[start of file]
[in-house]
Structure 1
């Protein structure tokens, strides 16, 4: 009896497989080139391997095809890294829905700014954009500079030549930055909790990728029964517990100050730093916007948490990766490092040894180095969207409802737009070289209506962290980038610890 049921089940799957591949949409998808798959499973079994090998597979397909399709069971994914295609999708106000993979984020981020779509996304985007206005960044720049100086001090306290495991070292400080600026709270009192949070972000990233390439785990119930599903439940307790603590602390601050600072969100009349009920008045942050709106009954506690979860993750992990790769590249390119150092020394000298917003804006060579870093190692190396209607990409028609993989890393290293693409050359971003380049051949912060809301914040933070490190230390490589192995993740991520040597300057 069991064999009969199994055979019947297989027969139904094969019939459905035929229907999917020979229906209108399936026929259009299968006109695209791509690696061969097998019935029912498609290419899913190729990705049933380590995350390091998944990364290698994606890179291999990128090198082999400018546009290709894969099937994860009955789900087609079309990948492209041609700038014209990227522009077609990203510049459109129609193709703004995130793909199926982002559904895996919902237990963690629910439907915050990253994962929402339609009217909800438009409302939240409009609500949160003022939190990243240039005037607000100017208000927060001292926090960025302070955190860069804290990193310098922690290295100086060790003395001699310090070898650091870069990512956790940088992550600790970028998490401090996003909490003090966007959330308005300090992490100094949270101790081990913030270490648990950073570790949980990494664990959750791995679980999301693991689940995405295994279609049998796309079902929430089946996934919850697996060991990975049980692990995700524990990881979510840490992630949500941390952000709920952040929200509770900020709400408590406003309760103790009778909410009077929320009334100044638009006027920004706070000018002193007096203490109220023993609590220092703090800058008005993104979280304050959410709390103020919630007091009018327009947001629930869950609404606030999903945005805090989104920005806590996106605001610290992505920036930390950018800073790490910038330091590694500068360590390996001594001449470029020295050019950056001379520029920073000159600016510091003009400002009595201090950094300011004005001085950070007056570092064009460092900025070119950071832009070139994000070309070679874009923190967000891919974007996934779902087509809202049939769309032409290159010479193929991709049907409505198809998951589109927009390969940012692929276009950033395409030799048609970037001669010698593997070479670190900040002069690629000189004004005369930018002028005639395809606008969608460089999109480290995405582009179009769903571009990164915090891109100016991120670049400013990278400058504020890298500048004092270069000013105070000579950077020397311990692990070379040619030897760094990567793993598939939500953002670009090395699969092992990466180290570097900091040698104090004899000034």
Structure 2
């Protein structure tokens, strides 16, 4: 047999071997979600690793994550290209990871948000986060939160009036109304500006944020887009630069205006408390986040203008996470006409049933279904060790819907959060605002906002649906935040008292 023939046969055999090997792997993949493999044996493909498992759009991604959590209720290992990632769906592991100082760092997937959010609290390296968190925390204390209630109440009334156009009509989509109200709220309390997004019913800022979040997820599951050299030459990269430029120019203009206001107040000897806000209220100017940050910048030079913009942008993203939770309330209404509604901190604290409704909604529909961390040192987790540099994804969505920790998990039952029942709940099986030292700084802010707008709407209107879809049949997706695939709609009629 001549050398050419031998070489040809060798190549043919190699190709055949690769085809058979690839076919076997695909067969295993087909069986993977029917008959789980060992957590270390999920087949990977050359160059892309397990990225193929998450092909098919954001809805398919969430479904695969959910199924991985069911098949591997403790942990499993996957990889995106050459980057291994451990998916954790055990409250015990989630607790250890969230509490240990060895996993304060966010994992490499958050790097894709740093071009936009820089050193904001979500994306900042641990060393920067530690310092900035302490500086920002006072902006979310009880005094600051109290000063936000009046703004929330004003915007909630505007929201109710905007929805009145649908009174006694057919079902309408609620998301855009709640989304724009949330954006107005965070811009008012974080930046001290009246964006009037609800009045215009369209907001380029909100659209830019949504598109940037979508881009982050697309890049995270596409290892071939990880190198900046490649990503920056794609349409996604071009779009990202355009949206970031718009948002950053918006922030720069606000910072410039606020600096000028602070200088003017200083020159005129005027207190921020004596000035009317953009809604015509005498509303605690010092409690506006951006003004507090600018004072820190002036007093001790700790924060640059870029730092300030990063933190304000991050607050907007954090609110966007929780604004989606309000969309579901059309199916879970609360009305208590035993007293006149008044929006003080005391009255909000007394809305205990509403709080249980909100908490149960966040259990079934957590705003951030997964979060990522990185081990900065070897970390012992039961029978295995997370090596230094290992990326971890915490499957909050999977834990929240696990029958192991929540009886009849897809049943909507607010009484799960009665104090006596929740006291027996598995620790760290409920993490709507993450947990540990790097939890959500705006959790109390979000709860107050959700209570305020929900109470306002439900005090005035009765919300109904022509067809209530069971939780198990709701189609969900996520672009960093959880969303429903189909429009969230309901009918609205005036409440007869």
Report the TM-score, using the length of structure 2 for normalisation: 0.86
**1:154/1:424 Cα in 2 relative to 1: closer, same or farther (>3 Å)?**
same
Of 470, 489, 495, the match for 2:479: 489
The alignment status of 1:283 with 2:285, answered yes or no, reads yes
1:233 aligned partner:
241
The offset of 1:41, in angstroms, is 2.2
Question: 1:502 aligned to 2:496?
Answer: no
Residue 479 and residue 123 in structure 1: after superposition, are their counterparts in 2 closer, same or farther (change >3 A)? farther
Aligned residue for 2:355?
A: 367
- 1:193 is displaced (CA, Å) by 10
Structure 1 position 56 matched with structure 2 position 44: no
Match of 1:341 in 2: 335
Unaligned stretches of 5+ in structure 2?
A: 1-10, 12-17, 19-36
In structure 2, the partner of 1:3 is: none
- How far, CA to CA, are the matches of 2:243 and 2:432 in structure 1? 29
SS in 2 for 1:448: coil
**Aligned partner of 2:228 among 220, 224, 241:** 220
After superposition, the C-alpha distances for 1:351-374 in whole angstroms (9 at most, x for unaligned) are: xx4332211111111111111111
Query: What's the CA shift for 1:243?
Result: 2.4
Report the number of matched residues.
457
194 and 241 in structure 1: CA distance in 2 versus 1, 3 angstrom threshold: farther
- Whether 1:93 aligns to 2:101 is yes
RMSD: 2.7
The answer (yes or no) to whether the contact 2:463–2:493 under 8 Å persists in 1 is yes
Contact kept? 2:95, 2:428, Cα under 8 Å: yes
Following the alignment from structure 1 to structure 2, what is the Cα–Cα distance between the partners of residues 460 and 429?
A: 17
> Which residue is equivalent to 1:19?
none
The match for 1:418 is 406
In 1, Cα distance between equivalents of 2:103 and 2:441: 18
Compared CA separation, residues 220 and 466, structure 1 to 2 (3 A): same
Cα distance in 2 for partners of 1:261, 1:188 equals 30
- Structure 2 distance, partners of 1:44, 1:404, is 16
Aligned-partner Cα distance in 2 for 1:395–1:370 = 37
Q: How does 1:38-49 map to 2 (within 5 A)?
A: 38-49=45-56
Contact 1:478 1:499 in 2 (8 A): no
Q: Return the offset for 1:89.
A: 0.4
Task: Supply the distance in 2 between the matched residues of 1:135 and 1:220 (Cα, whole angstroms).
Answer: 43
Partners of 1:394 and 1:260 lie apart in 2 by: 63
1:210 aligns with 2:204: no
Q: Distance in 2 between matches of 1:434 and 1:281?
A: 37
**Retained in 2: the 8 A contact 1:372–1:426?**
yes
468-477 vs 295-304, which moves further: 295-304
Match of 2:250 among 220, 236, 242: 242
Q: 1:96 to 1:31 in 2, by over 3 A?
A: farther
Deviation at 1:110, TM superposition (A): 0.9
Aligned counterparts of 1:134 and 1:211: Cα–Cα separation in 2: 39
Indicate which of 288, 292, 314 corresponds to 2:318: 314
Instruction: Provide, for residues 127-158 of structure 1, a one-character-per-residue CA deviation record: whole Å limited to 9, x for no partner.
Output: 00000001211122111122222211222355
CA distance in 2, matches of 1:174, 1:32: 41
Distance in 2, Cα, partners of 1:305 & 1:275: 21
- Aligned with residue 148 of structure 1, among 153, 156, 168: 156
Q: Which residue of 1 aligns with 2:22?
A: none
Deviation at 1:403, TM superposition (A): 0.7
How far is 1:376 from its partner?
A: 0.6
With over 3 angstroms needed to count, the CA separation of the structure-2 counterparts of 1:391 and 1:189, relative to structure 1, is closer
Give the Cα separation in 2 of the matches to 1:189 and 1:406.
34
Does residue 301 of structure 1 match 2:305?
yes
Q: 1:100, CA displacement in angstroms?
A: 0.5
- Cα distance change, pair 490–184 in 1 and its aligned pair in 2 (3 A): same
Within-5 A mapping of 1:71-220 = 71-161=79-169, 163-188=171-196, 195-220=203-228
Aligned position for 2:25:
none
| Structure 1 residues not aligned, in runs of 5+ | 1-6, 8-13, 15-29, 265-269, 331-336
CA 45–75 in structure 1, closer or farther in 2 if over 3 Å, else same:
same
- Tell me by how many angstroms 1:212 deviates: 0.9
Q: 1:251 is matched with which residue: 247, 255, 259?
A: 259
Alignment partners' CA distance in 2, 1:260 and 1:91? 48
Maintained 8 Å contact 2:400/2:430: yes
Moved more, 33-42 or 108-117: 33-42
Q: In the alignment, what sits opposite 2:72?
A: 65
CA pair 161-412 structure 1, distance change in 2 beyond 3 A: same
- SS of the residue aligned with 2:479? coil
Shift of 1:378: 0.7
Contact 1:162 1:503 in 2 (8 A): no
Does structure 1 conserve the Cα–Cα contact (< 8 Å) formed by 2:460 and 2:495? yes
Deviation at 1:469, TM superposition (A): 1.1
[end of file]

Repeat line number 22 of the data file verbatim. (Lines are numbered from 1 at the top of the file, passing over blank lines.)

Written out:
Unaligned stretches of 5+ in structure 2?